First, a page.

Thompson v. StateAnnotate this Case
99 So. 2d 198 (1957)
A. J. (Bud) THOMPSON et al. v. STATE of Alabama.
7 Div. 370.
Supreme Court of Alabama.
October 24, 1957.
Rehearing Denied December 19, 1957.
*199 Starnes & Holladay, Pell City, and Roberts & Orme, Gadsden, for appellants.
John Patterson, Atty. Gen., and Wm. C. Younger, Asst. Atty. Gen., for appellee.
On December 17, 1953, the State of Alabama, on relation of L. P. Waid, Jr., as Circuit Solicitor of the Thirtieth Judicial Circuit, filed a bill of complaint against appellants charging that the establishment known as The Ark or The Ark Annex, located at Riverside on U. S. Highway No. 78 in St. Clair County, under the management and control of appellants, was a liquor nuisance as defined in Tit. 29, § 97, Code 1940.
Appellee prayed for, and was granted, a temporary order restraining appellants from operating the establishment as a liquor nuisance.
Demurrers were filed by all the appellants and were overruled on January 25, 1954. This ruling was affirmed by this court in 1955 in Thompson v. State ex rel. Waid, 263 Ala. 463, 83 So. 2d 70.
On June 11, 1956, appellee filed a petition alleging that appellants had violated the temporary injunction. After answer was filed, a hearing was held before the court on June 29, 1956. A decree was entered on March 1, 1957, holding the appellants *200 in contempt of court for violating the preliminary writ of injunction issued on December 17, 1953, finding as a matter of fact that the use of the premises constituted a liquor nuisance as defined by the statute, making permanent the temporary injunction, and perpetually enjoining appellants from operating the business and ordering the premises padlocked, subject to certain conditions not necessary to enumerate here. Appellants filed a motion for rehearing which was denied on March 29, 1957, and an appeal was taken to this court on April 1, 1957.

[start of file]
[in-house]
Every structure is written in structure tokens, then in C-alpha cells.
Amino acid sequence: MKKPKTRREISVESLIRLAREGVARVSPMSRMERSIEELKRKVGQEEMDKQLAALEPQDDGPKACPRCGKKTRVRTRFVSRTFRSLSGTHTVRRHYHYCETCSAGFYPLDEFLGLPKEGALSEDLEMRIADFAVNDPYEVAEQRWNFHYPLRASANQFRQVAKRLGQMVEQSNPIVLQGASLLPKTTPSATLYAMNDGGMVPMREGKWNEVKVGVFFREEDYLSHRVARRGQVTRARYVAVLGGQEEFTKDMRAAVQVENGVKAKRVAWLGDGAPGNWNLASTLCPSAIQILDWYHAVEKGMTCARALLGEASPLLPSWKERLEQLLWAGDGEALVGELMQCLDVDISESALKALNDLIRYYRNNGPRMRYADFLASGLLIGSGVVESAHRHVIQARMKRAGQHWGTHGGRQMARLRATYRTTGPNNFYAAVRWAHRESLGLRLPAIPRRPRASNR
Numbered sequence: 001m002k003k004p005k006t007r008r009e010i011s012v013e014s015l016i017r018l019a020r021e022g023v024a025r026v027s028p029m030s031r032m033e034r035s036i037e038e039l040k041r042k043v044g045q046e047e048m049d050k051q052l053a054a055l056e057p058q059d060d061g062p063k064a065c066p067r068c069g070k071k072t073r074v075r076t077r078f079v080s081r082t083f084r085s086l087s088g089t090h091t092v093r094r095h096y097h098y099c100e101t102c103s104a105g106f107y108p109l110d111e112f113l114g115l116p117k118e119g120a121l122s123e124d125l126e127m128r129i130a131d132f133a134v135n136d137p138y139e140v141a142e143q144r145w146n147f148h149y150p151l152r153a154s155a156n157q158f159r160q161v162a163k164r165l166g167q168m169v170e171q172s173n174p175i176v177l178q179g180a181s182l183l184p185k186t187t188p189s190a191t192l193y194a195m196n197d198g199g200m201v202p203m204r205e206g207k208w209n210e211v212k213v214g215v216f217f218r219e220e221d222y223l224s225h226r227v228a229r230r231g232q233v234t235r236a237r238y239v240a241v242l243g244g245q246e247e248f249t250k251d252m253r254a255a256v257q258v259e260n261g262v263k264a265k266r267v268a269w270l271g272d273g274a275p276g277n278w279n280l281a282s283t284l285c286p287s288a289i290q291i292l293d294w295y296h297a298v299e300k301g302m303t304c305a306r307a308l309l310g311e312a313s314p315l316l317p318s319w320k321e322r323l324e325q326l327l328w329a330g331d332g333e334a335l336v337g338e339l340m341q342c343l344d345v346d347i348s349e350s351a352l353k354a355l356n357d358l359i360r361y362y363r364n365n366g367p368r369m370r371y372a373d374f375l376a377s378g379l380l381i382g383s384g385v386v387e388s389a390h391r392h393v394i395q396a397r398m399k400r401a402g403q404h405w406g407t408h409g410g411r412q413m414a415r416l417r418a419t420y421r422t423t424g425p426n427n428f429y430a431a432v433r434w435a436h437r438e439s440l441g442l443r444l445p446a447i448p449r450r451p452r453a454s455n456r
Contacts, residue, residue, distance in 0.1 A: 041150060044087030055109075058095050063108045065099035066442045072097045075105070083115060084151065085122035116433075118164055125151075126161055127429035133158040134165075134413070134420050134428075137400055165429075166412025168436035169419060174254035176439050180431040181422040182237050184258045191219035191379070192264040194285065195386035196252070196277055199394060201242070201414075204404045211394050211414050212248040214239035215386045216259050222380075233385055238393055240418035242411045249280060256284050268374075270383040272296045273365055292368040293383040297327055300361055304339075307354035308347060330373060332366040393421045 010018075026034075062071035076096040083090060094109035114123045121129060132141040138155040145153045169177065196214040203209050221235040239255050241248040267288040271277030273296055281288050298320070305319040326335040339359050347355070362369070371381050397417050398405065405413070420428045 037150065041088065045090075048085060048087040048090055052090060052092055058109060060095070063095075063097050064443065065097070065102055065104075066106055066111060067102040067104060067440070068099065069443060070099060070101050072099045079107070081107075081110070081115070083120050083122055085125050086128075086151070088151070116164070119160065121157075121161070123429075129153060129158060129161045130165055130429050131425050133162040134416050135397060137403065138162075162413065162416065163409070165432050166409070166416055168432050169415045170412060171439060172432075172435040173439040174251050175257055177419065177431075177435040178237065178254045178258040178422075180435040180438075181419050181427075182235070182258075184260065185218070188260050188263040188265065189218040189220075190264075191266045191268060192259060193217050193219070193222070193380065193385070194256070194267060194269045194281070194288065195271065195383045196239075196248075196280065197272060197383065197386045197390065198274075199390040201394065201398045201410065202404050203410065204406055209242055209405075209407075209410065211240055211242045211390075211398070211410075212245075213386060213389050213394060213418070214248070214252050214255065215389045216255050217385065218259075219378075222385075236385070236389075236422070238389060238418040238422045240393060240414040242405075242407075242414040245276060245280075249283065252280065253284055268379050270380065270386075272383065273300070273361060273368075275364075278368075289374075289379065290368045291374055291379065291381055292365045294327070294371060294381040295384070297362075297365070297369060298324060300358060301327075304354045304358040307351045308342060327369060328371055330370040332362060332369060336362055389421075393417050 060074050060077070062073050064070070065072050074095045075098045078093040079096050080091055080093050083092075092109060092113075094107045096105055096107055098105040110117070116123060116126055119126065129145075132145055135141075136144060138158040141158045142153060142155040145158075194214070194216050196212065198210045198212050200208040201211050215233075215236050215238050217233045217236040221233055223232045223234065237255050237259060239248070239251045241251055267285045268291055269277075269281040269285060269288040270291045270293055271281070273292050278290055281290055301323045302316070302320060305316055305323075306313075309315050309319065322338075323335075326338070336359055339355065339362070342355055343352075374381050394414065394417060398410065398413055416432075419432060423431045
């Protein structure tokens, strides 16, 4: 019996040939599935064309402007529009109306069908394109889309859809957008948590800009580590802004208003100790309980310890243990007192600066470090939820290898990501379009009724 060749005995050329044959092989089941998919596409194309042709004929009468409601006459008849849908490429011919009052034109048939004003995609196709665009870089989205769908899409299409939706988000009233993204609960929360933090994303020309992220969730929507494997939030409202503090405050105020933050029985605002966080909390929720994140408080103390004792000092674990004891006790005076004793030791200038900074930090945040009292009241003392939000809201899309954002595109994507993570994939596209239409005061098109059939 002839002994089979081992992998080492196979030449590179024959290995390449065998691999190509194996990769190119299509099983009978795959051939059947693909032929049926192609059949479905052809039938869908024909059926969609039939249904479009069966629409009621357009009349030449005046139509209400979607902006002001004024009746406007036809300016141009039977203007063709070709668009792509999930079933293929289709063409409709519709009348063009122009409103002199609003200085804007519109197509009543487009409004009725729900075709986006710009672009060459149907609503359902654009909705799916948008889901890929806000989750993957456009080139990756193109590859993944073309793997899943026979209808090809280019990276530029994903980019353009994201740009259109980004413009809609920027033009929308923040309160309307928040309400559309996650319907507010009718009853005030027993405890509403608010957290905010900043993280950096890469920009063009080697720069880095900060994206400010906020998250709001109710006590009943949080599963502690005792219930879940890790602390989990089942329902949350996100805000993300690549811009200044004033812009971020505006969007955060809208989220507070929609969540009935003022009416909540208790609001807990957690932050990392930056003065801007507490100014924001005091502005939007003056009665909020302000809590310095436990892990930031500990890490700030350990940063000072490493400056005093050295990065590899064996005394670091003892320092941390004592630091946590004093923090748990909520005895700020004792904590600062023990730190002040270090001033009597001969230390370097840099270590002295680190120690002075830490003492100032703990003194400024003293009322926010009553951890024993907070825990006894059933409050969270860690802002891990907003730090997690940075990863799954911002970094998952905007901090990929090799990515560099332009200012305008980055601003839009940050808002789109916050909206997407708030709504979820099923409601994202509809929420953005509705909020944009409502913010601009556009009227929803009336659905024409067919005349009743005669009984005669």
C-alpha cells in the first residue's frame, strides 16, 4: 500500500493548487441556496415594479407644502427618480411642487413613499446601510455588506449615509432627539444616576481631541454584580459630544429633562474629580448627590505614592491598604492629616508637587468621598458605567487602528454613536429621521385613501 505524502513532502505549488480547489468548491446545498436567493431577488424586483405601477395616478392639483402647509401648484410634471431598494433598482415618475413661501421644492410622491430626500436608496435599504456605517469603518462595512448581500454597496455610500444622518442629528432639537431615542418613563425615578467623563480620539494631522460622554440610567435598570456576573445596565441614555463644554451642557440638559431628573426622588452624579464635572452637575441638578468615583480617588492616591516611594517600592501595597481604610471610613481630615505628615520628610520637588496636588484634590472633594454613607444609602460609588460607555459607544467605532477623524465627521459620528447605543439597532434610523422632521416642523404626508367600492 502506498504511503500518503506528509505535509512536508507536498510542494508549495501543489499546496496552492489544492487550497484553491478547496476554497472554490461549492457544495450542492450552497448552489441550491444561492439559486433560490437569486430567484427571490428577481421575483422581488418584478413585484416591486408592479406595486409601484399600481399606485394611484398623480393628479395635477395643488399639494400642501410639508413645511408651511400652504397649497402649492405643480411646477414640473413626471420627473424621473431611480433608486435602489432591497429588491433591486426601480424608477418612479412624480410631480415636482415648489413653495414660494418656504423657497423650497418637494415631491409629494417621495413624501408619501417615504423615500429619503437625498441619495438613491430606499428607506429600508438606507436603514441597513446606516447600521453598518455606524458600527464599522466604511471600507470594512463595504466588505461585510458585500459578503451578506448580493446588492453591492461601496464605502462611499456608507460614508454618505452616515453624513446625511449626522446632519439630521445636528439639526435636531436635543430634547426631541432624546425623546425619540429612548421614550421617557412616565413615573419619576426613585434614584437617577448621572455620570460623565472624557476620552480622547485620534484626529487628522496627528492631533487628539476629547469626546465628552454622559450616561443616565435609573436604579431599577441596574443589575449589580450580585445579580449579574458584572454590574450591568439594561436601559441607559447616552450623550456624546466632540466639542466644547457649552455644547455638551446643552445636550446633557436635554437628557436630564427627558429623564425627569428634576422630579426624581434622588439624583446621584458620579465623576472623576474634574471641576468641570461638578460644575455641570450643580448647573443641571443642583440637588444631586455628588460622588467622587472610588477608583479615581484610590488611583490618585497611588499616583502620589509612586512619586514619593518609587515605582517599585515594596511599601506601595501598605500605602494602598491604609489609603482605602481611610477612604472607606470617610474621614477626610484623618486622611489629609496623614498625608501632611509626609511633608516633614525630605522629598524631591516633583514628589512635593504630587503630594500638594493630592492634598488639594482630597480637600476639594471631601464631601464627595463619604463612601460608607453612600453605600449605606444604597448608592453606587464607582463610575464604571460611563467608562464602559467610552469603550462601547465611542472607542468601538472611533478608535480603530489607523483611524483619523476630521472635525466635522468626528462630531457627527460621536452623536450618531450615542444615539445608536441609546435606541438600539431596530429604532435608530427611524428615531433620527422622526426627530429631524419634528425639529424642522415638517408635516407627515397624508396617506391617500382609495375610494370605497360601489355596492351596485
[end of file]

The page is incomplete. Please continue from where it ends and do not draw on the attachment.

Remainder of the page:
This court takes judicial knowledge that St. Clair County is a "dry county." Cooley v. State, 262 Ala. 136, 77 So. 2d 488.
The assignments of error presented in brief are argued in three groups.
Assignments of error 1, 2, 3 and 5 are argued together. The first three read:
"1. That said verdict and judgment is contrary to the law.
"2. For that said verdict and judgment is contrary to the evidence."3. For that said verdict and judgment is contrary to the great preponderance of the law and the evidence."
We have held repeatedly that such assignments of error are not adequate. They allege no error on the part of the trial court. Only adverse rulings of the trial court are subject to an assignment of error and reviewable on appeal. Mulkin v. McDonough Construction Co. of Georgia, Ala., 95 So. 2d 921; King v. Jackson, 264 Ala. 339, 87 So. 2d 623.
When unrelated assignments of error are argued together and one is without merit, the others will not be considered. Stewart v. Weaver, 264 Ala. 286, 87 So. 2d 548; Gulf, M. & O. R. Co. v. Sims, 260 Ala. 258, 69 So. 2d 449; 2A Ala.Dig., Appeal & Error. However, we feel justified in saying that we have examined the evidence and it is ample to support the decree. At least nine persons testified that they had purchased whiskey or beer on the premises in question over a long period of time, both before and after the issuance of the temporary injunction.